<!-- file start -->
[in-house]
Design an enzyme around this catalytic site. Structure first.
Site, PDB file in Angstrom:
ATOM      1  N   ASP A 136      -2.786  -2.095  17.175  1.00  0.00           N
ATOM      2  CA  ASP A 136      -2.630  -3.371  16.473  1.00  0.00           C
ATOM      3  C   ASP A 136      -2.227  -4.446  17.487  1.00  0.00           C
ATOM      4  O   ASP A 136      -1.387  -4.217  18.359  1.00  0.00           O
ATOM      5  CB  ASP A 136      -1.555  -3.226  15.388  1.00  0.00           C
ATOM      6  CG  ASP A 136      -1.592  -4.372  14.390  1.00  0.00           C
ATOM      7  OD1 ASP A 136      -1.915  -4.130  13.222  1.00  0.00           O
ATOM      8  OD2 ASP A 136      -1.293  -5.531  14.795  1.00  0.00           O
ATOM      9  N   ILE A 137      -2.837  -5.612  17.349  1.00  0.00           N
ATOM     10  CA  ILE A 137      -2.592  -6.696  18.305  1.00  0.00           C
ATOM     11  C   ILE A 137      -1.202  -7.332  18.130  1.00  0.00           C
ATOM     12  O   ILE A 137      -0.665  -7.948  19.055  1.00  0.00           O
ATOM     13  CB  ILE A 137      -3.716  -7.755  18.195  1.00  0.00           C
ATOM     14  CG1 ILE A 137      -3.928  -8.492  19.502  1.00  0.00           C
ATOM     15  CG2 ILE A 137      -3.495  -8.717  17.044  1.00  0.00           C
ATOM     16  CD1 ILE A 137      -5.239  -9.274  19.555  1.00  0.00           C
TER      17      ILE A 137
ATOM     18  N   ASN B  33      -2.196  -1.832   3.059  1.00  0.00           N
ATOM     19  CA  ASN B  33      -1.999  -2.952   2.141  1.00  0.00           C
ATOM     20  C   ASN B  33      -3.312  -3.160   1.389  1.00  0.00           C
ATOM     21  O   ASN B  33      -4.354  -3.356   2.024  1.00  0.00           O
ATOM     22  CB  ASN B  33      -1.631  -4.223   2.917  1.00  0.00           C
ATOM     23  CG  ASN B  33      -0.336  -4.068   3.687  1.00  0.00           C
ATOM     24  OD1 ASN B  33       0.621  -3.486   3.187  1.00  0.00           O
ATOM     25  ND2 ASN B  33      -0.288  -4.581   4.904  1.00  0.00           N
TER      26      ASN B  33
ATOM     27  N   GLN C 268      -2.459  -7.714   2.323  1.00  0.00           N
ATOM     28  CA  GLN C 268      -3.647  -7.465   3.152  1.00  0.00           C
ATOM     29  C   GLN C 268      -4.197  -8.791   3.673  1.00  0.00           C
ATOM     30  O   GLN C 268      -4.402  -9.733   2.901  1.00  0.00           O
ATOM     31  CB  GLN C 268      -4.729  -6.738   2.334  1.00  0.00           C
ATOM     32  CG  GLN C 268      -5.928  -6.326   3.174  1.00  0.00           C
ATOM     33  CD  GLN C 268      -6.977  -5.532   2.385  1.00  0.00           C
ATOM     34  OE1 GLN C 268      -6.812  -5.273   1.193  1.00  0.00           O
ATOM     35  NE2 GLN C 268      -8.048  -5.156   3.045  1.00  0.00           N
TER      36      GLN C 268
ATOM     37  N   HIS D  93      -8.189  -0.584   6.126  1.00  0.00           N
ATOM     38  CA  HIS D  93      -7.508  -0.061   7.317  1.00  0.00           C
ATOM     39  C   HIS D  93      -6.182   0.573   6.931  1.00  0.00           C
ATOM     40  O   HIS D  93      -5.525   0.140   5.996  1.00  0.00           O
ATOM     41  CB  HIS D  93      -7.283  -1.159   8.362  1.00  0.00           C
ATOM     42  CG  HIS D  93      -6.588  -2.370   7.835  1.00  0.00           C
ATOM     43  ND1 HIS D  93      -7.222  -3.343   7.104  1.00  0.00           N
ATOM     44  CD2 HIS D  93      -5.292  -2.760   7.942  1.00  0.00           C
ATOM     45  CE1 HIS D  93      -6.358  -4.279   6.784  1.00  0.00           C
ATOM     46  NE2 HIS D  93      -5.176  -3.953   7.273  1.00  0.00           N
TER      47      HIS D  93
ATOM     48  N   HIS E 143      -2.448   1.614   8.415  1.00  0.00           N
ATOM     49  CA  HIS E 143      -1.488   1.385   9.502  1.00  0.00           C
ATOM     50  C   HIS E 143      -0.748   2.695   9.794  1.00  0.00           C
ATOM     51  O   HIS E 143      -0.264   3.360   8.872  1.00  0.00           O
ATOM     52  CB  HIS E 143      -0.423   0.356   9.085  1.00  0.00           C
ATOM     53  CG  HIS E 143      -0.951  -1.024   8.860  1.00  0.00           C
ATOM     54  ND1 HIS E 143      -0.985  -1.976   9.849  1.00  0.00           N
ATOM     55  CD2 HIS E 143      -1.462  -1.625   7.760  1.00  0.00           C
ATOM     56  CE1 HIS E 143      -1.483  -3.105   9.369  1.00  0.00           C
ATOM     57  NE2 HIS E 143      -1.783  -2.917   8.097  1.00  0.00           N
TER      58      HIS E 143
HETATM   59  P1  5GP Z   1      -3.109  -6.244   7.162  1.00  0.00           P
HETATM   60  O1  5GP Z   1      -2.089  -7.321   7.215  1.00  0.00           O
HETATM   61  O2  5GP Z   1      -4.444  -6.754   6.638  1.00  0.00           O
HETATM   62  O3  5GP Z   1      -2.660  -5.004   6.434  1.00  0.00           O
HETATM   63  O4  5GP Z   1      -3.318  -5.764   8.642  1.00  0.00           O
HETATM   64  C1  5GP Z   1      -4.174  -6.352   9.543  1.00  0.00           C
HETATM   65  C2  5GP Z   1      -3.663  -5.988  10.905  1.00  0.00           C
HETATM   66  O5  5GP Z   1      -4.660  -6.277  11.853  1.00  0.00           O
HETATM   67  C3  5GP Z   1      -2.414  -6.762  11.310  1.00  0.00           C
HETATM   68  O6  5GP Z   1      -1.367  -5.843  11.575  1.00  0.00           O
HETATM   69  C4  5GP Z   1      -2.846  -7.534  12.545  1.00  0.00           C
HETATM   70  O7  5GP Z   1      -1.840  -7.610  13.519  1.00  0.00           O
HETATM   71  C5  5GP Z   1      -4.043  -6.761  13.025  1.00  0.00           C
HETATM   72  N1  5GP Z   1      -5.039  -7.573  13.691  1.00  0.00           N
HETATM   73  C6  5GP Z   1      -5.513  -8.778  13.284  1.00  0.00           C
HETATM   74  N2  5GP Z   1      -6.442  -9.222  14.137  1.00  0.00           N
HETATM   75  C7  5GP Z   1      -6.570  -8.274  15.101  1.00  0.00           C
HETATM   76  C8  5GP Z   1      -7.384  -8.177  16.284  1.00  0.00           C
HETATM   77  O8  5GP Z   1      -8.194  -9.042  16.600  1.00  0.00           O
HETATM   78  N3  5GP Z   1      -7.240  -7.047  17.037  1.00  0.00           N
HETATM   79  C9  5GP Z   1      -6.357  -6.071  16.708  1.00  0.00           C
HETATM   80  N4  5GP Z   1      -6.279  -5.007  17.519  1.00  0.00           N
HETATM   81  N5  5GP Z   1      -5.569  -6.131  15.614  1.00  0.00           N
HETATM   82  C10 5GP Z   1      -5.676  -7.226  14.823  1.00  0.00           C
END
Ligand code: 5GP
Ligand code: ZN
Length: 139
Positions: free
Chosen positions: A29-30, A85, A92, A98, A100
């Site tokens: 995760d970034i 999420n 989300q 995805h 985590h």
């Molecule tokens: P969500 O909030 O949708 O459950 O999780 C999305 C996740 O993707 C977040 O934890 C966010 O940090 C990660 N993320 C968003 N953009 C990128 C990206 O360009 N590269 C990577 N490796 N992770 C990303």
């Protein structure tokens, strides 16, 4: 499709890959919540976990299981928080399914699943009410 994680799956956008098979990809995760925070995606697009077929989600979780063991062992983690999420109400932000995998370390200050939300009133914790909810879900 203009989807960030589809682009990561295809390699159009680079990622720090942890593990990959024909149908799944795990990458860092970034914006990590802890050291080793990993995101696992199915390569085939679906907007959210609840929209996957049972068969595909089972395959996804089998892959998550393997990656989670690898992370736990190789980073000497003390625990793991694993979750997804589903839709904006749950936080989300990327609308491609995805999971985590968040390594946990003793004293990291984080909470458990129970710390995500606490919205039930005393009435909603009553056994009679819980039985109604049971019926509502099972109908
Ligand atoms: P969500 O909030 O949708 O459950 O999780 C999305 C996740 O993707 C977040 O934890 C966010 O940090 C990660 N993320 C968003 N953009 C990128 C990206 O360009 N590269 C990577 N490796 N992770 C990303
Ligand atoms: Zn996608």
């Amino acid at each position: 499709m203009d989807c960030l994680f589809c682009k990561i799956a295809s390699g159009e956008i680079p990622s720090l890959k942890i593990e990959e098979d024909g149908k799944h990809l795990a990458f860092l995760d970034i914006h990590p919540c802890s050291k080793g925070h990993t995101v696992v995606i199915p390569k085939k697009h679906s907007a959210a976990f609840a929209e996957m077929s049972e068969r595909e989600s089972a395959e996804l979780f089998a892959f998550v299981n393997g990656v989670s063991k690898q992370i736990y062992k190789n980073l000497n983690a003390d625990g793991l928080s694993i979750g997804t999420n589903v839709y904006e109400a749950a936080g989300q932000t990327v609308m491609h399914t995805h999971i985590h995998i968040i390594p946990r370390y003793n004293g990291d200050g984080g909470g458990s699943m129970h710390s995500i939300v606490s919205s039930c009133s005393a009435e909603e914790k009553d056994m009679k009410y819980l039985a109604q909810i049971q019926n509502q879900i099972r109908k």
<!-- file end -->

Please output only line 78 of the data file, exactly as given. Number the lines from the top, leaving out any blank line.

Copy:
HETATM   75  C7  5GP Z   1      -6.570  -8.274  15.101  1.00  0.00           C